A Cannabis Guide: What Is Hemp?

Table of Contents

The whole world is starting to go crazy over the revelations about marijuana and its different uses. However, one certain member of the Cannabis Family has already established itself as a regular commodity among the various industries: Hemp. Now, we are sure that you have heard of it before.     

But where exactly does it come from? Why isn’t it talk about more often unlike cannabis? And most importantly, why is it legal worldwide when it comes from a cannabis variety? We will talk about this and more below. Let’s start off.

WHAT IS HEMP? 

Hemp, also known as industrial cannabis, is a different type of Cannabis Sativa that is also part of the Cannabaceae family of plants. While many people mistakenly think that “hemp” is weed, they are technically correct. However, a lot of things separate them from one another. For one, it is a separate cannabis strain altogether. It is a variant of marijuana that contains less than 0.3% of THC. The limit is set by Ernest Small in order to distinguish and classify hemp from typical cannabis.

Due to this, it is often classified as a non-psychoactive or minimally psychotropic variant of cannabis. They will generally have a different compound structure and genetic makeup than other cannabis varieties.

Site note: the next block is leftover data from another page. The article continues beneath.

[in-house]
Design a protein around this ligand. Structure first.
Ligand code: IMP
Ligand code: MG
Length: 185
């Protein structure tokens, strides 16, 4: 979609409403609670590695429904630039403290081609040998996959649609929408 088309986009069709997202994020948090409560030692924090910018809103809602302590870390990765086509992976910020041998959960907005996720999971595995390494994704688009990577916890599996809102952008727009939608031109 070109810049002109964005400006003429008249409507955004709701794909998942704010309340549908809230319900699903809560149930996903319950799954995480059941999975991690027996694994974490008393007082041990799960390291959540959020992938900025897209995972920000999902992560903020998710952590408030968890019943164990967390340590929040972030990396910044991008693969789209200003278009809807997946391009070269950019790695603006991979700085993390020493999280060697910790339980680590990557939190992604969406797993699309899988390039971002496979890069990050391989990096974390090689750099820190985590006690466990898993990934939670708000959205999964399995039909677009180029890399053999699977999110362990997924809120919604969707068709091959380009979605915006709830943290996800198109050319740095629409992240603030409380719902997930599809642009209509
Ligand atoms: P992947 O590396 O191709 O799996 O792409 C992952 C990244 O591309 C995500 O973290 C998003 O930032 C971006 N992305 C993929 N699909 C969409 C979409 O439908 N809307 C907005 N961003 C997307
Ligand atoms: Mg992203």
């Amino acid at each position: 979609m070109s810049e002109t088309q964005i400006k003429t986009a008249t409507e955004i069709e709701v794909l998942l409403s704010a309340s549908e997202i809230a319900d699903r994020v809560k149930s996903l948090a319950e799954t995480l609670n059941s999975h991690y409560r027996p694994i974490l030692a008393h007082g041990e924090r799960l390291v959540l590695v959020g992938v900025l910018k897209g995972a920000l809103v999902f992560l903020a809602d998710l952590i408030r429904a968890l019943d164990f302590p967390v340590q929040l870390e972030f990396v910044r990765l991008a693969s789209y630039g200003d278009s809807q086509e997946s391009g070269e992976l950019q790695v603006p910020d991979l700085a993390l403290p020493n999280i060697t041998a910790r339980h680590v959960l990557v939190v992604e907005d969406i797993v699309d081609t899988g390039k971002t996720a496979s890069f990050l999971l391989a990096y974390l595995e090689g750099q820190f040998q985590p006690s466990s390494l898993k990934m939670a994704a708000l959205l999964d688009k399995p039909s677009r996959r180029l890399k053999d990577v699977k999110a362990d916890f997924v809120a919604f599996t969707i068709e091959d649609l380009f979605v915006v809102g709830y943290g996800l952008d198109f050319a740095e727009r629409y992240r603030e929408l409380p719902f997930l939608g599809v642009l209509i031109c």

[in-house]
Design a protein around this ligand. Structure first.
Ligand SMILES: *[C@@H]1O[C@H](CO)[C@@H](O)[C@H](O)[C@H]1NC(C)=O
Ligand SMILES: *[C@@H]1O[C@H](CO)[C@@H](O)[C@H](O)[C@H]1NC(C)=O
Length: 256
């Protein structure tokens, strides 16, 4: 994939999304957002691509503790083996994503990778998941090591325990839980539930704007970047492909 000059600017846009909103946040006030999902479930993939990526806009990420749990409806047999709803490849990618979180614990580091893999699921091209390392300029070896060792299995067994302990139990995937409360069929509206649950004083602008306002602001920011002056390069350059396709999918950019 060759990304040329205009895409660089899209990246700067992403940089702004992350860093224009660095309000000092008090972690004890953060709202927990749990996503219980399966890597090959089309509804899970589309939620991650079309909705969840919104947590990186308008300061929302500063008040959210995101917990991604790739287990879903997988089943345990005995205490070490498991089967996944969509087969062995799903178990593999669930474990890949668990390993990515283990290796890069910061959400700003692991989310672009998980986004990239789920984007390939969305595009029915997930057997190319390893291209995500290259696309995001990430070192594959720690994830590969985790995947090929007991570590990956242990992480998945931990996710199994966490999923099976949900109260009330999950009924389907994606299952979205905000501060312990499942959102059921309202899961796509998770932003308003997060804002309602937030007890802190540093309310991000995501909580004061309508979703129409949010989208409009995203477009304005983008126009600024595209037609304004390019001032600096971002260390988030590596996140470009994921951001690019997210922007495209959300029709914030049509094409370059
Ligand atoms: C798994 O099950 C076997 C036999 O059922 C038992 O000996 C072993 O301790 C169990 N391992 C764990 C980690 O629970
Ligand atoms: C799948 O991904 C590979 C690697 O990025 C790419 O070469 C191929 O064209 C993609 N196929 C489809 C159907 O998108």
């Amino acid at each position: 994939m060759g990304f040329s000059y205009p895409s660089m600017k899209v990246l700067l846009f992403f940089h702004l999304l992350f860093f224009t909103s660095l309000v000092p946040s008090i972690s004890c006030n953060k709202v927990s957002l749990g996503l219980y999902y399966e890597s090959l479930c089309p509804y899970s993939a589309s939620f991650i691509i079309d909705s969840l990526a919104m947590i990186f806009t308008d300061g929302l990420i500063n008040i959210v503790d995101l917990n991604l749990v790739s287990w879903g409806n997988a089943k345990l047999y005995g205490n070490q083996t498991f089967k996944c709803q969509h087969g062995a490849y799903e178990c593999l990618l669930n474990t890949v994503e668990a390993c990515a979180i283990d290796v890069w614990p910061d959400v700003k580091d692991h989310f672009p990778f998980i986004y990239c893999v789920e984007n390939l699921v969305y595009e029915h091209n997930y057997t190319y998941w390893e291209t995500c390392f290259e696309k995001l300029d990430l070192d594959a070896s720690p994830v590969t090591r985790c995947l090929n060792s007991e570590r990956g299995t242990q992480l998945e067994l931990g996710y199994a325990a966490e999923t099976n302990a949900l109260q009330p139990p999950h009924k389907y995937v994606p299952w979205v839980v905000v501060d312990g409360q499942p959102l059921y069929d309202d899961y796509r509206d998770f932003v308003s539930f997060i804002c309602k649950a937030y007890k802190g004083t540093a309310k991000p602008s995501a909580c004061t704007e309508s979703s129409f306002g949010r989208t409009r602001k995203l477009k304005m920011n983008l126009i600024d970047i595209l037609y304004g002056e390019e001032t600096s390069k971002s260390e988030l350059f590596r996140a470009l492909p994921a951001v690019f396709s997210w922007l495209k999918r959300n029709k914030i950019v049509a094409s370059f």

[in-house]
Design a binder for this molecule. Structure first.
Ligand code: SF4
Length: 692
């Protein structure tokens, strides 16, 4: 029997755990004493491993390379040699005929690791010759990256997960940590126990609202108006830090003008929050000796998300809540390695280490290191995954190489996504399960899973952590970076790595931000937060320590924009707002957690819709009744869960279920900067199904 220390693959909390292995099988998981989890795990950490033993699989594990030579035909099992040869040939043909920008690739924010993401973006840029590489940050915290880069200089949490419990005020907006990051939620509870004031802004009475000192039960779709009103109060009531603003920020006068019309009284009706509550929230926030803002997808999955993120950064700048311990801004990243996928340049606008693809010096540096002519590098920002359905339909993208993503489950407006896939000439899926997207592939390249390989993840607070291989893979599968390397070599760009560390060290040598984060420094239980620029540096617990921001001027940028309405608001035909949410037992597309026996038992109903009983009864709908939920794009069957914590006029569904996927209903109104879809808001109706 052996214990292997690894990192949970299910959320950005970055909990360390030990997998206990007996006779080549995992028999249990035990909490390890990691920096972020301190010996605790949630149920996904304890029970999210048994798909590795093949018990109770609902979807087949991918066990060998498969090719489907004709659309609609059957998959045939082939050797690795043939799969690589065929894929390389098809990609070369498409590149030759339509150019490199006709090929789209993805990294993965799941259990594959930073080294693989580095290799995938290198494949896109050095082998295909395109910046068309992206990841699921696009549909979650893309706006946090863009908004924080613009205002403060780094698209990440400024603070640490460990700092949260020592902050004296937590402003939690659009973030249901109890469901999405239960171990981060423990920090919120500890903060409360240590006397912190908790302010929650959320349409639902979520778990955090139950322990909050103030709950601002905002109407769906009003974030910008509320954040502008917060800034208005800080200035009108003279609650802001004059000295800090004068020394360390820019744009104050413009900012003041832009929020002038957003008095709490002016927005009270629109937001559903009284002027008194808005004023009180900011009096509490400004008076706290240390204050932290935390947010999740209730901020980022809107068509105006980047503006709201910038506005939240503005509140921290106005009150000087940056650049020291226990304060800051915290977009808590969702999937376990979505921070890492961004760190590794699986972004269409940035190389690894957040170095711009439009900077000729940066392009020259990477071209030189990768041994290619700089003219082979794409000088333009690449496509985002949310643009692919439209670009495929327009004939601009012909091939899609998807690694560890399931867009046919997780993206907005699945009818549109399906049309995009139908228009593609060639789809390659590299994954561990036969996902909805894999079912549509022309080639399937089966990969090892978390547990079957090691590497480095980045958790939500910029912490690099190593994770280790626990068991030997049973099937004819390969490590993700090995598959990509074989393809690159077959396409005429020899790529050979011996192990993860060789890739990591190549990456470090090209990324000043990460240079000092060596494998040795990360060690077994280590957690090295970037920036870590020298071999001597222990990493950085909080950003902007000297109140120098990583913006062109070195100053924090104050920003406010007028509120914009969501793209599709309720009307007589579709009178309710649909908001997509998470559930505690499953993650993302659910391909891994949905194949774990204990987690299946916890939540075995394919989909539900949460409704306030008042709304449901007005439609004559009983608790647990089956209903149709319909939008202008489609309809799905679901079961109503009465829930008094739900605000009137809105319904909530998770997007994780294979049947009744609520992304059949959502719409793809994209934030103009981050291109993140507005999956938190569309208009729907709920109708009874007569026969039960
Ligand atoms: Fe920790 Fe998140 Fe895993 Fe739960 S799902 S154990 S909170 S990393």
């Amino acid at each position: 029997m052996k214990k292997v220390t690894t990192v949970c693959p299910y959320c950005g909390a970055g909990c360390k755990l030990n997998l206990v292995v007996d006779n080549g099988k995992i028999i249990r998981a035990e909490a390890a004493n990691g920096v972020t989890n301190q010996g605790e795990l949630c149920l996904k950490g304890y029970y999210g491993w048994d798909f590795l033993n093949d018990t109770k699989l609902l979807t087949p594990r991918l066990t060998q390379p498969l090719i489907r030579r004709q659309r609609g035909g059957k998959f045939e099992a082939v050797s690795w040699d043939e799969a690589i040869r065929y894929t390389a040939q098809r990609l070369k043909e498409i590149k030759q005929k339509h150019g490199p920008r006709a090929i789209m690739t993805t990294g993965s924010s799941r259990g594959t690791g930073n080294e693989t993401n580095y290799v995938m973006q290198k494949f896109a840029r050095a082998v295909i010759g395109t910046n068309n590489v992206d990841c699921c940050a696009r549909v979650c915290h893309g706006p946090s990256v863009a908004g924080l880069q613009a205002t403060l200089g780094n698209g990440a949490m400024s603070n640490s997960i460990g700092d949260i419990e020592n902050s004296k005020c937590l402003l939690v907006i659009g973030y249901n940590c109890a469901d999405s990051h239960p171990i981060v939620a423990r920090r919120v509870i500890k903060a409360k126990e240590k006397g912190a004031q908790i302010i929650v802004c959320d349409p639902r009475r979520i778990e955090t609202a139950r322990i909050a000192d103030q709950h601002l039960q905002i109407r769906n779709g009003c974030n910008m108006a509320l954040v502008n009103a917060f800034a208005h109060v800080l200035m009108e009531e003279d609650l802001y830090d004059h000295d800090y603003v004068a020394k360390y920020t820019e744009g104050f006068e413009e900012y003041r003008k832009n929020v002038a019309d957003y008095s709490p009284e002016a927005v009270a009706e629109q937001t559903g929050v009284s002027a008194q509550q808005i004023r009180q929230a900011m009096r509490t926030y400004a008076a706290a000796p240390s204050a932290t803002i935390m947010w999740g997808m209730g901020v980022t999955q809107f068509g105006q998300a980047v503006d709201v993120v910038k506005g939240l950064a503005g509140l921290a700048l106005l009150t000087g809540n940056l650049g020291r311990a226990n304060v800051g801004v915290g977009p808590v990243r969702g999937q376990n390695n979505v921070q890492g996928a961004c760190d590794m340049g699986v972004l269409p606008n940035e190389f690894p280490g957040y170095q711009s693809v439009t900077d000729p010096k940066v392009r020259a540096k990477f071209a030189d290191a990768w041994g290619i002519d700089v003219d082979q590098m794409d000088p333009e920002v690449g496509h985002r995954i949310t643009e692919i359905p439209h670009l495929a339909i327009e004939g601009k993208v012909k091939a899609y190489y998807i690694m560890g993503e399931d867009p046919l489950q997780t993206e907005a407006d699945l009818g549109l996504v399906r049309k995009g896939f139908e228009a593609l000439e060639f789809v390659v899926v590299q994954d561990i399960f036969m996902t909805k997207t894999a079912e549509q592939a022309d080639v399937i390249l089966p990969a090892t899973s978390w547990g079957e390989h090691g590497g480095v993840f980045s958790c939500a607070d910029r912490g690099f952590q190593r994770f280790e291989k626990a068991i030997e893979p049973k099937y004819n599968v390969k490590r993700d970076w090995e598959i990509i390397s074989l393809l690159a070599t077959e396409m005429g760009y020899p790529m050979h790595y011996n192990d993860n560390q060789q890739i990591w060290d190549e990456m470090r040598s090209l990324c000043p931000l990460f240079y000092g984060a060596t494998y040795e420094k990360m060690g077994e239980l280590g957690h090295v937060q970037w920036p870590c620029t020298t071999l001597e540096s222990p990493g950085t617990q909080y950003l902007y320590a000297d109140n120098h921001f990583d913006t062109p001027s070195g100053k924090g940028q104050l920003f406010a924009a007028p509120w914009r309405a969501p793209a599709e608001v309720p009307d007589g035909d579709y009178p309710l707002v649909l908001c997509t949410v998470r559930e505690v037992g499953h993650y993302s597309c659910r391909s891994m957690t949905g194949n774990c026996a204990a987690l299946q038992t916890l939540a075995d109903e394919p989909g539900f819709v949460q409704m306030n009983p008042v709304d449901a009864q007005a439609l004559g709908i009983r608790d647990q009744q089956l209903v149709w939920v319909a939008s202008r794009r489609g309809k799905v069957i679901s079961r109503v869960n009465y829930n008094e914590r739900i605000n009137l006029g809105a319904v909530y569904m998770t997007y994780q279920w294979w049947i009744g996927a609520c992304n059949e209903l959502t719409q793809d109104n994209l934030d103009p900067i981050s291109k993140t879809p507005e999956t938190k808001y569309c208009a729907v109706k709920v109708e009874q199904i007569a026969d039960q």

Appearance of Hemp:

It is quite easy to distinguish hemp from indica and sativa plants. These plants have a very, very thin and stout structure. The thin and slender leaves form a sort of hand-like appearance. Try to think of it as a miniature version of sativa leaves. This plant’s branches and stems are quite light and hollow. 

Because it is also a dioecious species, male plants produce pollen sacs while females produce pistils and flowers. These plants will also produce weed buds that are identical to other cannabis buds. However, these contain little to no amounts of THC whatsoever.

Grow information on Hemp:

Hemp also grows quite similarly to other marijuana plants. However, the main difference lies in how the plants are treated and used during gardening. Like marijuana plants, female hemp plants are the variety that is widely use. This is because females tend to have higher volumes of fiber

On the other hand, growers use male plants almost exclusively for further breeding and development of new seeds. While females are the ones that growers typically need more, it is not necessary to fully discard all male plants as they could still be used. Also, it has a significantly faster flowering time than regular marijuana plants.